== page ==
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Bai Khatoon's Story

Updated: Aug 31, 2018

Mariam Mehdi and Sania Nishtar

Bai Khatoon was married off at the age of fourteen and was abandoned by her husband for being mentally challenged. Her resilience and determination led her to move to the city where she sought employment. However, her disability was a disadvantage in finding a job as a domestic worker in people’s homes. Her only recourse to support herself was to beg in the streets of the city.

She was able to join the homeless community of an area outside the city, built by slumlords who have made vast profits from building shacks on contested land and using the notoriously corrupt police to protect their ‘investments’ and exploit the poor dwellers. There, she lived in a shack that could barely keep the sun and rain away.

One day, she intervened in a fight that broke out between two men, in order to pacify them. Little did she realize that she would come out a victim. She had her right wrist fractured by a blow from a stick.

She was dropped at the hospital and lay unattended in the ward for over two weeks without any financial or moral support. When the Heartfile volunteer met her, she said: “If I am not helped, I will have go back to my shelter, maimed with another disability, and perhaps this time not even be able to continue begging for a livelihood.” Heartfile covered the costs of her operation”. However we also discovered that she had high blood pressure, which was never diagnosed and treated.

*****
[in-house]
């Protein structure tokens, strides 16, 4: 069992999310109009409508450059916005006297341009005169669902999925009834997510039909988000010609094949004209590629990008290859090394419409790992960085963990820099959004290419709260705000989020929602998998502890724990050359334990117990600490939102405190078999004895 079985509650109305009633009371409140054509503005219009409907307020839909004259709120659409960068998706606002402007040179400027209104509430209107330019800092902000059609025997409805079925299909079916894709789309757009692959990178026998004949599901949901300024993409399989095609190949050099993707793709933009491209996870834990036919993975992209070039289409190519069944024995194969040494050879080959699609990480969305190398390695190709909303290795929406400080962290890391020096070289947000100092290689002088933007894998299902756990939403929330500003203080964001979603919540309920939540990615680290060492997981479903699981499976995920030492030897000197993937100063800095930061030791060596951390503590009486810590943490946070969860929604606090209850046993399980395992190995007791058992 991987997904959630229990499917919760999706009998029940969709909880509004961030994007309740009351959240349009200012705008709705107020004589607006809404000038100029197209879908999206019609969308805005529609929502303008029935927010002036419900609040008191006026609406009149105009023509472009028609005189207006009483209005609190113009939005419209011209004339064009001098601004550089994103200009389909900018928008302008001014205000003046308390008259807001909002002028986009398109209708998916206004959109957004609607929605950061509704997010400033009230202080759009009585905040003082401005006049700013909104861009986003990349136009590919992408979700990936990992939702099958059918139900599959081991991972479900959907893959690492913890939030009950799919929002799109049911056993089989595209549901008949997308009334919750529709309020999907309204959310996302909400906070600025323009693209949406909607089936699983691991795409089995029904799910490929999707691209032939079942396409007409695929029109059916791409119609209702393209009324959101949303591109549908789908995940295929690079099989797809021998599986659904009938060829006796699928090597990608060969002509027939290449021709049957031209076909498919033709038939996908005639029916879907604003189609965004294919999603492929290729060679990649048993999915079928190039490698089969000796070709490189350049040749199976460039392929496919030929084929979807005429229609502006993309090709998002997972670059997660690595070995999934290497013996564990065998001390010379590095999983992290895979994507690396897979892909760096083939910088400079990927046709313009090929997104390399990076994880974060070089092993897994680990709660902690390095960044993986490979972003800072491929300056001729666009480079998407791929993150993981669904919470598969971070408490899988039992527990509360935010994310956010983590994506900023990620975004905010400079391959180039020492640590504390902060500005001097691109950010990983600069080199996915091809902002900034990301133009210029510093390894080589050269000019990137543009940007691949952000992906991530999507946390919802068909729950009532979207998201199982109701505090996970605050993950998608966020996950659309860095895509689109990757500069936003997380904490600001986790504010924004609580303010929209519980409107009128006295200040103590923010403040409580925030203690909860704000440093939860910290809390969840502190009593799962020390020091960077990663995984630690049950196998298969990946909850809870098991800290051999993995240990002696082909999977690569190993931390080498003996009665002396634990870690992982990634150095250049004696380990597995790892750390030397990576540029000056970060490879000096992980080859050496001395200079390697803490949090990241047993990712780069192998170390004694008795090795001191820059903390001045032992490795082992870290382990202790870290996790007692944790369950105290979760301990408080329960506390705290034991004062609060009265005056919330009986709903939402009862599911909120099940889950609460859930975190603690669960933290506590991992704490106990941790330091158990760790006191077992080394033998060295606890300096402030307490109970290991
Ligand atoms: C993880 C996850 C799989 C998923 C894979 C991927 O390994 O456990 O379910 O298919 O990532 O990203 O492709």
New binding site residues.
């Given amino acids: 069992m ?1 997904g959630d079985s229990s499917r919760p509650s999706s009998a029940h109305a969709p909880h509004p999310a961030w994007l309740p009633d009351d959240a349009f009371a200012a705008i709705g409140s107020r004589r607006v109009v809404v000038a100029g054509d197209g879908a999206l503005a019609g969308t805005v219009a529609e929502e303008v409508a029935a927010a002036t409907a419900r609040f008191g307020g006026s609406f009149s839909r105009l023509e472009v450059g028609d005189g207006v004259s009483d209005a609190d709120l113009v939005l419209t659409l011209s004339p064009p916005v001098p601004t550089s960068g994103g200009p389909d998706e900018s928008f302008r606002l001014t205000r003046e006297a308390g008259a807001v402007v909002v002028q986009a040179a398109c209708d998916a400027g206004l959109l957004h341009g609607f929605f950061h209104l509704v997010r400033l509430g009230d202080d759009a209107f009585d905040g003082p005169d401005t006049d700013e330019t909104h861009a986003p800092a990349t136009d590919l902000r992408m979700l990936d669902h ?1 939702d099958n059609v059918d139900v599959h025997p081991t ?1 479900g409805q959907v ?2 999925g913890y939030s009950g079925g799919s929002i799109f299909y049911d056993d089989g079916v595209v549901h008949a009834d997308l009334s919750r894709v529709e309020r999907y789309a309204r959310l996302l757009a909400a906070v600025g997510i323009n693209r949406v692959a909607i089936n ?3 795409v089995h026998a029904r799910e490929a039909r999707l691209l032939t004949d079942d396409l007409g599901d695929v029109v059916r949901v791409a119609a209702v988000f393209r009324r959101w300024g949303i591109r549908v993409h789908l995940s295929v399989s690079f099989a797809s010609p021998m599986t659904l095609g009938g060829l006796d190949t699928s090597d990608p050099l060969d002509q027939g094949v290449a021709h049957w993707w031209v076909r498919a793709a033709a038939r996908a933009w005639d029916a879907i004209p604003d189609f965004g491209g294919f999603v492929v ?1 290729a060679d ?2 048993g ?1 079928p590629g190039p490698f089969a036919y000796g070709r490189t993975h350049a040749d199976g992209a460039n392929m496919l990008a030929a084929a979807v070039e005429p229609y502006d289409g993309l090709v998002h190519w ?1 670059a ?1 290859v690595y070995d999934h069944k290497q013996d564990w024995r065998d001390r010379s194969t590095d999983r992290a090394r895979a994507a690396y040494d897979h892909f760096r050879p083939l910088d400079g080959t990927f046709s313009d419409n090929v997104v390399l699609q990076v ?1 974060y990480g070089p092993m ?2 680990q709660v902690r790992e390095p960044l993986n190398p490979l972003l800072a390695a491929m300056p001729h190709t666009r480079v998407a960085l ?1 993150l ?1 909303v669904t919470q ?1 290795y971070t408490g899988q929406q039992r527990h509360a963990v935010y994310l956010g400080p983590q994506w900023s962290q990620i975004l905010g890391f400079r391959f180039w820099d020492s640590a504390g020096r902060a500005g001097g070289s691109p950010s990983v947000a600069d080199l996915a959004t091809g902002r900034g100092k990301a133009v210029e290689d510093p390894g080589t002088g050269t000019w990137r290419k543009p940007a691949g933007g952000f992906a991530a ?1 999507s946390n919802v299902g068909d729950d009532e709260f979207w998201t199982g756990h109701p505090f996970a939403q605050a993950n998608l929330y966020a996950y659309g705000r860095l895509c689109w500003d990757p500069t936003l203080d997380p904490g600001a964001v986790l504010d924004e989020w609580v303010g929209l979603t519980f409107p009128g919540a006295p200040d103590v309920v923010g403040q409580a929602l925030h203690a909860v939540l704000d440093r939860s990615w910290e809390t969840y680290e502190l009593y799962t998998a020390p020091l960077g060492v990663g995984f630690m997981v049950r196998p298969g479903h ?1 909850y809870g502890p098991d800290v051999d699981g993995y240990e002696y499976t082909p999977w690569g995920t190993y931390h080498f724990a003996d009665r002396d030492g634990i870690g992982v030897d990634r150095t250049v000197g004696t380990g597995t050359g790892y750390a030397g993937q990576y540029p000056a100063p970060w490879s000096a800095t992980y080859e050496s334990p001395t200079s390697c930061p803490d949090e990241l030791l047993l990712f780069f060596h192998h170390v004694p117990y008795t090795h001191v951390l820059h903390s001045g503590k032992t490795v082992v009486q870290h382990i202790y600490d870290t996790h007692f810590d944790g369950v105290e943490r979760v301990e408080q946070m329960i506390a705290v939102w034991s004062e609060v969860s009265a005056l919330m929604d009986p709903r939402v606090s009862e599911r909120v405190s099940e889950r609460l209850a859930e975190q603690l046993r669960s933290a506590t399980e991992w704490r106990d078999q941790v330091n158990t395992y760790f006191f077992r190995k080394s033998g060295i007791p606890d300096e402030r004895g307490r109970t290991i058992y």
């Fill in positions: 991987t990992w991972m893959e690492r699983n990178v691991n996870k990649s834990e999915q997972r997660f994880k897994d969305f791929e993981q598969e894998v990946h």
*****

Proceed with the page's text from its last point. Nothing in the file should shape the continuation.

Sania’s comment:

We have seen many other cases like hers. Women in particular are taken away from hospitals bed-ridden for life, or with hands tied in bandages because families can’t afford to pay for their operations. A health system which cannot aid a patient in such distress doesn’t deserve to be called one—and in most cases the solutions are fairly straight-forward.

In Pakistan’s case, the infrastructure of publicly-owned and funded tertiary hospitals are the only recourse for the poor; here there are no bed charges for the poor and the doctor sees them free; basic medicines are also sometimes provided free of cost. However, costs incur when expensive medicines, disposables and implants are needed for treatment and surgery. And the simplest way to overcome that barrier is to provide these free of cost at the hospital. I personally believe controlling pilferage from the system alone can generate some resources to meet these urgent needs.

A health system can’t be fixed without changes in overall governance, which is why some of us advocate for better governance and anti-corruption alongside the need for health reform.


A excerpt from Mariam Mehdi's book who is a senior volunteers at Heartfile and compiling a book on cases she has seen as a volunteer assessing the eligibility of patients for financial access to treatment through Heartfile health Financing.


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